Trying to guide kids through a single football season is truly a tough job. And everybody knows that parents and sports can be a bad mix for some parents, moreover it can be a bad mix for their kids. And most often that bad mix is born more out of parental concern rather than any malicious intent. Emotions can run high when a parent believes his/her child is being mistreated, ignored, or put in harms way.
Youth football can be a huge challenge for most kids; trying to be convince a 6-year old that hitting is fun doesn’t even sound normal. In fact, it is abnormal. Hence, the key to getting a 6-year old off to a good start is positive parental support. Parents have to show respect for the coaching staff, referees, the booster club, and the other parents.
Kids need their parents to reassure them that the people in this new, very rough world, are all focused on keeping them safe and making this new sport fun. Football is fun, Football is fun, Football is fun!!! Don’t forget it.
Coaches need your support in public and in front of your kids. In private, they need to be held accountable just like everybody else in your kids lives….normal parenting.
Obviously, as a parent you have to help your child through the season. He/she will come head on with all kinds of issues that they have never had to deal with. Again, normal parenting, maybe just a little more intense 🙂
But I thought I’d just lay out a few key things that I’ve seen parents have trouble with, so here goes!
I’ve seen coaches fall all across the spectrum on this particular topic. “Only the best play, we want to win.” “I’ll play the weaker kids once we have the game in hand.” “Everybody plays, the score be damned!”
It’s a tough topic, even amongst parents. But where do the parents come in on this? I reiterate, parents need to support the coach, but they also need to hold the coach accountable. This is little league football, IT AIN’T THE NFL!!!
My thoughts–everybody needs to play, but you don’t want to cripple the team, so the coach has to have a plan to make sure that every kid gets playing time. I’ve seen coaches use a team Mom or Dad that actually stands on the sideline with a list and makes sure that every kid has played. Maybe every kid gets a certain number of plays or minutes or quarters, whatever it is.
The key is, the coach can’t do it alone. He/she has to have help, if that means you, then step up and help out, even if it is only on game day.
Hitting is NOT natural for kids. Let me reiterate, this is NOT NORMAL. Granted, we all know kids that are rough and tough and this aspect of the game does not bother them.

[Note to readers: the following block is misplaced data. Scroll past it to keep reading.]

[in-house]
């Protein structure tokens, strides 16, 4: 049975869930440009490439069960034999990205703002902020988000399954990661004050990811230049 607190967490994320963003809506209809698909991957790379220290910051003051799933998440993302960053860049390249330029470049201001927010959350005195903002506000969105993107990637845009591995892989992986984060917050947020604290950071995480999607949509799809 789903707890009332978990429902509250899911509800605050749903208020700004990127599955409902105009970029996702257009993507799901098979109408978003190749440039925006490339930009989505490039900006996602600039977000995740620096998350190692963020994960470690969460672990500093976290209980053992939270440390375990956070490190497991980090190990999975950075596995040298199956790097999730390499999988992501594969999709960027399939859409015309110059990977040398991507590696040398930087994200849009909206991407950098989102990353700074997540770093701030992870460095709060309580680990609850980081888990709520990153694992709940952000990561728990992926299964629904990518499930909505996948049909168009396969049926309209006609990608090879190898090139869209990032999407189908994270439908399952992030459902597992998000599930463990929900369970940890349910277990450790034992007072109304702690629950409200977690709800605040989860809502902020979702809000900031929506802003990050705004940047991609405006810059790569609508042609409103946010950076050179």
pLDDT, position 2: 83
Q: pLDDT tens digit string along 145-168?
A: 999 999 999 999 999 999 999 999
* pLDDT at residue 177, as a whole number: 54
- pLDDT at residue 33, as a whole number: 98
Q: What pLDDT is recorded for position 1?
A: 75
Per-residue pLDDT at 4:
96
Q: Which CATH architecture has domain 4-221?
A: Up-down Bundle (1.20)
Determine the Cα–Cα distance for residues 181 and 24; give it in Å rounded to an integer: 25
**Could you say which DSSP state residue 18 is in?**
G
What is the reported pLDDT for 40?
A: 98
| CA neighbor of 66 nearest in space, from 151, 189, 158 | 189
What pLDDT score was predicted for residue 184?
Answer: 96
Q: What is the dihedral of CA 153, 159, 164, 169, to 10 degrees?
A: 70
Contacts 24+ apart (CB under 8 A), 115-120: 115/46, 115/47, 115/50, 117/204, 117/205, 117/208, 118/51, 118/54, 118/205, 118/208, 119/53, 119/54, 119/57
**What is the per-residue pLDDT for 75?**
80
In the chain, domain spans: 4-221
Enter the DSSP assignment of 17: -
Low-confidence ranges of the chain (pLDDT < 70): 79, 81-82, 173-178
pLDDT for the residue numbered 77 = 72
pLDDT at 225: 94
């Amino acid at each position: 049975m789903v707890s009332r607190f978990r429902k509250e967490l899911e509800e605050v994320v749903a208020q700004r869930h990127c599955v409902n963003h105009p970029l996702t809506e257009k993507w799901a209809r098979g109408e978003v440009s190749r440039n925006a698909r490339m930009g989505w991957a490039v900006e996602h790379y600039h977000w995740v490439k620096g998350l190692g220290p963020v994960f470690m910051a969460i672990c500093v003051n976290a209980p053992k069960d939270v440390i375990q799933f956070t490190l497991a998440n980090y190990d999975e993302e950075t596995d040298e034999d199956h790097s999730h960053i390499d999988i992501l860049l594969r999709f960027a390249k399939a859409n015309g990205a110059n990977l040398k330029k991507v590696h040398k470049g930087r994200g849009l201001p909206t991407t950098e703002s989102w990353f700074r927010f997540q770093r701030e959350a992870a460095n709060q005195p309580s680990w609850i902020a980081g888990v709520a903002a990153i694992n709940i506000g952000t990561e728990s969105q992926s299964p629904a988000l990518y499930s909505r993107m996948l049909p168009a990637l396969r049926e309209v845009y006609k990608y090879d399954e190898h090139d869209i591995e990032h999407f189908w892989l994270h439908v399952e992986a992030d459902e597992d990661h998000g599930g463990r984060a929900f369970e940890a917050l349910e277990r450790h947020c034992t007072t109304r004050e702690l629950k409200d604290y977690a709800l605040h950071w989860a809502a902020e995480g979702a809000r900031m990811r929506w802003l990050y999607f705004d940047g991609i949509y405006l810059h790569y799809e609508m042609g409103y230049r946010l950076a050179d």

But I’ve seen tons of kids leave the game because they just can’t get past this particular aspect. Hitting and getting hit goes against everything we teach our kids when they are little, now we’re telling them to do it. And don’t be hateful or mean or malicious when they do it; be a good sport. All unnatural.
Talk to your kids about this. You have to help them through that.
Unfortunately, yelling is normal on a football field–in practice, in games, in the stands–everybody is yelling. This too can be very disconcerting for some kids. Coaches and parents alike need to be aware of this.
Often times kids mistake yelling for anger, some kids shy away from it, some kids retaliate in kind, and some just shut down all together. Parents have to be there to help explain all of this to their kids. Most of the time coaches yell, it’s just because they are trying to make sure they can be heard.
Players are wearing helmets, everybody is outside, kids get distracted, coaches yell. Encourage your kids to stay focused, pay attention to the coaches, and be respectful of their coaches and teammates.
Diet and Sleep
Children normally need lots of sleep anyway. When they start playing football, chances are they will need even more sleep, they definitely won’t need less. Maybe that bedtime needs to change from 9pm to 8pm, whatever works into your day, but make sure your child is getting plenty of sleep.
I don’t know how many people I know that don’t eat breakfast–just amazing to me. But then they don’t eat lunch. And then a kid shows up for practice and hasn’t eaten anything but a bag of potato chips all day–not good.
I’m not going to play dietitian here, but kids need to eat. Nothing huge in the hour before practice or a game, but some kind of snack. Outside of an hour before, they need to eat normal meals–preferably NOT heavy red meats or greasy foods–but they do need to eat.
Parents and Sports
In case I haven’t been clear in all of this, parents have a HUGE role in getting their kids through a football season. Never mind the logistics of getting to and from practices and games, but getting them through the physical and mental challenges the game presents.
Football is a tough, physical sport. And just like school, your kids will run into all kinds in this game–bullies, good kids, shy kids, mean kids, and they’ll find some friends.
Ultimately, the players on a team will form a bond, whether the team is good or bad. The players will come together. Whether the team does well or not will (no I do not define good as winning) be a function of whether the adults around them have created a positive learning environment.
Successful youth football teams require extraordinary parents supporting coaches and everyone else in the system.
Parents and Sports: It’s a Tough Job.
If you have any thoughts, advice, or questions please leave them in the comments section below.
And good luck to you and your kid/s,